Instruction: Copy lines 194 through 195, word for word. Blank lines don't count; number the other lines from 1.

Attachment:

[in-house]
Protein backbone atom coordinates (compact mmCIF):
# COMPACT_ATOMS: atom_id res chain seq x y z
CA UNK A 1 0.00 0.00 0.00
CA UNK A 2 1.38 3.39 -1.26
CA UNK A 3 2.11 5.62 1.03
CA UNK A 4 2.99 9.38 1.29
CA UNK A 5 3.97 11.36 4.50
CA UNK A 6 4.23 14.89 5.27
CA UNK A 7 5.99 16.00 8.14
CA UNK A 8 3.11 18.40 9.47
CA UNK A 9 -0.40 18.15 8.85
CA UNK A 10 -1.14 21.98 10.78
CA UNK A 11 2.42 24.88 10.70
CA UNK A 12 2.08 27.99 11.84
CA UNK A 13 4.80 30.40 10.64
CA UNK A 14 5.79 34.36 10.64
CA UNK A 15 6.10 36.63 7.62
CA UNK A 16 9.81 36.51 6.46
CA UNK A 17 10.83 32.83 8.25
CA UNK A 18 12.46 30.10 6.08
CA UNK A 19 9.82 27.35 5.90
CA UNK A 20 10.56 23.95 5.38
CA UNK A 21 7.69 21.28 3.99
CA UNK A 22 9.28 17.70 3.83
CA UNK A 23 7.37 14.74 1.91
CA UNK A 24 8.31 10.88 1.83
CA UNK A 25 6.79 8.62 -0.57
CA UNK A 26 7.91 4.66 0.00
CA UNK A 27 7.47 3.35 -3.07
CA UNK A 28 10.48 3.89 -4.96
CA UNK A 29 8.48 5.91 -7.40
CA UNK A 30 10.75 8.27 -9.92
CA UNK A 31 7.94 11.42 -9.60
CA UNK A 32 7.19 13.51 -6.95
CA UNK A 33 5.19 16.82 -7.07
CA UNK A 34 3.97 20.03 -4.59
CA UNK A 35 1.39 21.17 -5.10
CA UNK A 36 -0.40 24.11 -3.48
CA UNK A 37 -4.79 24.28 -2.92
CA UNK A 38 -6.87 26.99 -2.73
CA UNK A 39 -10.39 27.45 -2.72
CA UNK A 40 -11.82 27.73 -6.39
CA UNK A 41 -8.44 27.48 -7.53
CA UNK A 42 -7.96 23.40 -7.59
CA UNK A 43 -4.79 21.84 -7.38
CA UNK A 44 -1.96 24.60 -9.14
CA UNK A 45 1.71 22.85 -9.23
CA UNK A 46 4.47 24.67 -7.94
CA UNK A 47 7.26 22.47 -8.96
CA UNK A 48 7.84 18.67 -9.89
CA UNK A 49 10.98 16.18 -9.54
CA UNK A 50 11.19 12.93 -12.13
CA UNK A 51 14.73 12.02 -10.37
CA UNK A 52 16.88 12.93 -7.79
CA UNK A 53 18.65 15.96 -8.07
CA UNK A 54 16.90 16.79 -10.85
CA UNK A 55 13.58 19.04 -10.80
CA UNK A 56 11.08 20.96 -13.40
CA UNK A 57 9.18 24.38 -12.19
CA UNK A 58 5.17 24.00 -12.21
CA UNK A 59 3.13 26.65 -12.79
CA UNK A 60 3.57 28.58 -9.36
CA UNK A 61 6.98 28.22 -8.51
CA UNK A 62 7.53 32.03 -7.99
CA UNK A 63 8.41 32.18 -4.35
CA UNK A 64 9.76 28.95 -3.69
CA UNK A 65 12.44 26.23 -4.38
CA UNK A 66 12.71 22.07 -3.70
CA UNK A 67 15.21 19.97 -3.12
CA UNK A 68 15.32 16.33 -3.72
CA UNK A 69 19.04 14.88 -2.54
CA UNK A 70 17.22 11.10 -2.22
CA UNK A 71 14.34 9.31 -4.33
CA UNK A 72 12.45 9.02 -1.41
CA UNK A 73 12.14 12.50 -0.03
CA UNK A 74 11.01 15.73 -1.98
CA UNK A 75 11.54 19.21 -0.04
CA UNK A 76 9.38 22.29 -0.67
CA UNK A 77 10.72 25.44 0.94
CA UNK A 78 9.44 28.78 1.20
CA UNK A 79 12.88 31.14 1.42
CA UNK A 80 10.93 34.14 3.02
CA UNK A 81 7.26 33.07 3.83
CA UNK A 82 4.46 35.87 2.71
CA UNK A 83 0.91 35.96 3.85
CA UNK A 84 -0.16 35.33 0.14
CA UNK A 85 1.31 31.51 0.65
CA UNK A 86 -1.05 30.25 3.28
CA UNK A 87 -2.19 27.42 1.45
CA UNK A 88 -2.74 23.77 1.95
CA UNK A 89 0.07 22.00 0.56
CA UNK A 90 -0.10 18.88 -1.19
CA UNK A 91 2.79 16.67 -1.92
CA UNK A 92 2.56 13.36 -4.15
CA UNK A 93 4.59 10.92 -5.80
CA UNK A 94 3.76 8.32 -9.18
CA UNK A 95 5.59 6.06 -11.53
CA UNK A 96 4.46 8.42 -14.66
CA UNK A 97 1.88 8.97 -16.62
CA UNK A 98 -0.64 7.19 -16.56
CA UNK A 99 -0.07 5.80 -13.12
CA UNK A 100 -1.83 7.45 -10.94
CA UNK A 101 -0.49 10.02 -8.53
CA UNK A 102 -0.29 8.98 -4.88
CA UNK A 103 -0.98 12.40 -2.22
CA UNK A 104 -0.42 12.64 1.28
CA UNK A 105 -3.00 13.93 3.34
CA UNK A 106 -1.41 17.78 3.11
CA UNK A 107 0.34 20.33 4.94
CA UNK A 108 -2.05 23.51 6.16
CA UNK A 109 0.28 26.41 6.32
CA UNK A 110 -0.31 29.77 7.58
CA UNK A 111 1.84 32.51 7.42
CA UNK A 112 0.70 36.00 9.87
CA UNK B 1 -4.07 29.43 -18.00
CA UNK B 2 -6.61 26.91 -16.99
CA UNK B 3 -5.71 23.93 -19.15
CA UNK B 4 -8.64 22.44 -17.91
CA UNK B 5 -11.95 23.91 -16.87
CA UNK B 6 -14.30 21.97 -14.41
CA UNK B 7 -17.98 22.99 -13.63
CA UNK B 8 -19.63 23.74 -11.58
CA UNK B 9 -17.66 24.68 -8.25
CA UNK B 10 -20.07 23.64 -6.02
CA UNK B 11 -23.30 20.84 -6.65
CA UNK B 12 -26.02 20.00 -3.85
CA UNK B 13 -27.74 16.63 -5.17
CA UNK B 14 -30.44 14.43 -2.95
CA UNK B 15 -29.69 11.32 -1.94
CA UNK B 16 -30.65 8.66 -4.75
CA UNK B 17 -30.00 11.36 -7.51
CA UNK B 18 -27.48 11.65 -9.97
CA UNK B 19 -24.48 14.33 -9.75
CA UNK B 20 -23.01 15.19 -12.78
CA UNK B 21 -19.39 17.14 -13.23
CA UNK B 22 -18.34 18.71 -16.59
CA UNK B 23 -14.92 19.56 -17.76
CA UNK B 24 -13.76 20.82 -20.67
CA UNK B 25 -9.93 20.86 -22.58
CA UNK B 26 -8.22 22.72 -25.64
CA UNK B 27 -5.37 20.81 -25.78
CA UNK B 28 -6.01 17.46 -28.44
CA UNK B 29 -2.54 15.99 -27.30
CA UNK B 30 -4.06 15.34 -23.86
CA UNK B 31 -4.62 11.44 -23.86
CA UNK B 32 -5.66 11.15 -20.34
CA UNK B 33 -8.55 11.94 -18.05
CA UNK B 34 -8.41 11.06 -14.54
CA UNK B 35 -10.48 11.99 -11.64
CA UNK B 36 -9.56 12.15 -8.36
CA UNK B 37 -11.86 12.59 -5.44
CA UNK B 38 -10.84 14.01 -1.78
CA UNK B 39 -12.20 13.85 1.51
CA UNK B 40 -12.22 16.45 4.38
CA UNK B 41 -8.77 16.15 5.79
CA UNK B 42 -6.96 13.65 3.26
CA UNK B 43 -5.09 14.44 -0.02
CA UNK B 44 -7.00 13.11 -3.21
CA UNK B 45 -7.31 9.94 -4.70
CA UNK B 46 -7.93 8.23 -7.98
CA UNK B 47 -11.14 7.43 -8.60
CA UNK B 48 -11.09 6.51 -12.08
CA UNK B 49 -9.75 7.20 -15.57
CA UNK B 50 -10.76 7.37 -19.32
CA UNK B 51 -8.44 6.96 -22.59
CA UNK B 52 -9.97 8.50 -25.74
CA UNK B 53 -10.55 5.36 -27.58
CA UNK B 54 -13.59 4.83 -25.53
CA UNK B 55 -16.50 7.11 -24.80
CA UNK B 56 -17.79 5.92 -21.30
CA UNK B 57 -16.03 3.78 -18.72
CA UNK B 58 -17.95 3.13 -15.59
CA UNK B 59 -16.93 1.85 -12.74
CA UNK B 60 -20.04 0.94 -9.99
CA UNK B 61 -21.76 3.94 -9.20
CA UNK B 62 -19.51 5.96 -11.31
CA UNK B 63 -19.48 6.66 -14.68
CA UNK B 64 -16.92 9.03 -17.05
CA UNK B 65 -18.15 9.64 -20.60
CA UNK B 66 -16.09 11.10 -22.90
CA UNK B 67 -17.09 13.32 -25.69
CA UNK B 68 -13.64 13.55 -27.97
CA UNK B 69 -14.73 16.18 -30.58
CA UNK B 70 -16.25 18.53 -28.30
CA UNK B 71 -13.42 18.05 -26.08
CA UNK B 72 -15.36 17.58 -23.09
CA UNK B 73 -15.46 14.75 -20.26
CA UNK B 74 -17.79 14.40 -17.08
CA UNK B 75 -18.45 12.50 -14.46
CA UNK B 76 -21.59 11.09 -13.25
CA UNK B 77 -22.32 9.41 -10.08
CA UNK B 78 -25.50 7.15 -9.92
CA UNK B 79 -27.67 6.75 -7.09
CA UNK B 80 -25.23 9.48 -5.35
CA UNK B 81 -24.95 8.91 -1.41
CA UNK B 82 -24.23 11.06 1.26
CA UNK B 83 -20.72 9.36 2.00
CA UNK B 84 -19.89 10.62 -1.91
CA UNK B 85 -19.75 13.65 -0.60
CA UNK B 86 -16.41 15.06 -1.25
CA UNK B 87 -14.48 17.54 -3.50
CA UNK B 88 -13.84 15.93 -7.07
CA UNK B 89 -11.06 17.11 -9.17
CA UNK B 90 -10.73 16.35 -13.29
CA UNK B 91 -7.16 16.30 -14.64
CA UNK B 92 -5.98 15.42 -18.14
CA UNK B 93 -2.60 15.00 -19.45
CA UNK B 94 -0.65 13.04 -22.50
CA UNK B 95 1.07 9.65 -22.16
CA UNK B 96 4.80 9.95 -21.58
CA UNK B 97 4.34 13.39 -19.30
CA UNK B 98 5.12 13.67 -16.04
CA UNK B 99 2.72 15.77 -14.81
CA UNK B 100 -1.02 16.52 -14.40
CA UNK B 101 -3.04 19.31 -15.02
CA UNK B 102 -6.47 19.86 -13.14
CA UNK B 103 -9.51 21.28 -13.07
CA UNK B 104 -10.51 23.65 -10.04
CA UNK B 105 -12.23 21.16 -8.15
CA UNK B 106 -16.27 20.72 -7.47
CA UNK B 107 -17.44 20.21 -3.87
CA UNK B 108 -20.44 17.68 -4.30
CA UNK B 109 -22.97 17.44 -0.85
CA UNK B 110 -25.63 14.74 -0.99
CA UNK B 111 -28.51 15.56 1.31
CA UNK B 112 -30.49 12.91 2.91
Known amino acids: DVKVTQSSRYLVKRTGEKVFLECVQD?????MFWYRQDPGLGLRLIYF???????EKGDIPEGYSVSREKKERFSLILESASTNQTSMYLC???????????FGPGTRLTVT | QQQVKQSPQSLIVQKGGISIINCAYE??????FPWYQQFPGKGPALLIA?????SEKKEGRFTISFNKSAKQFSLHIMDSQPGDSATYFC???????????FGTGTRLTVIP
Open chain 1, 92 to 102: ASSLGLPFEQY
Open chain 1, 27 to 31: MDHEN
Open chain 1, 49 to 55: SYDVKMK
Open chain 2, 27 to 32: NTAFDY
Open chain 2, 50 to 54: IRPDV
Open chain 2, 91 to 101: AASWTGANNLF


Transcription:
CA UNK B 79 -27.67 6.75 -7.09
CA UNK B 80 -25.23 9.48 -5.35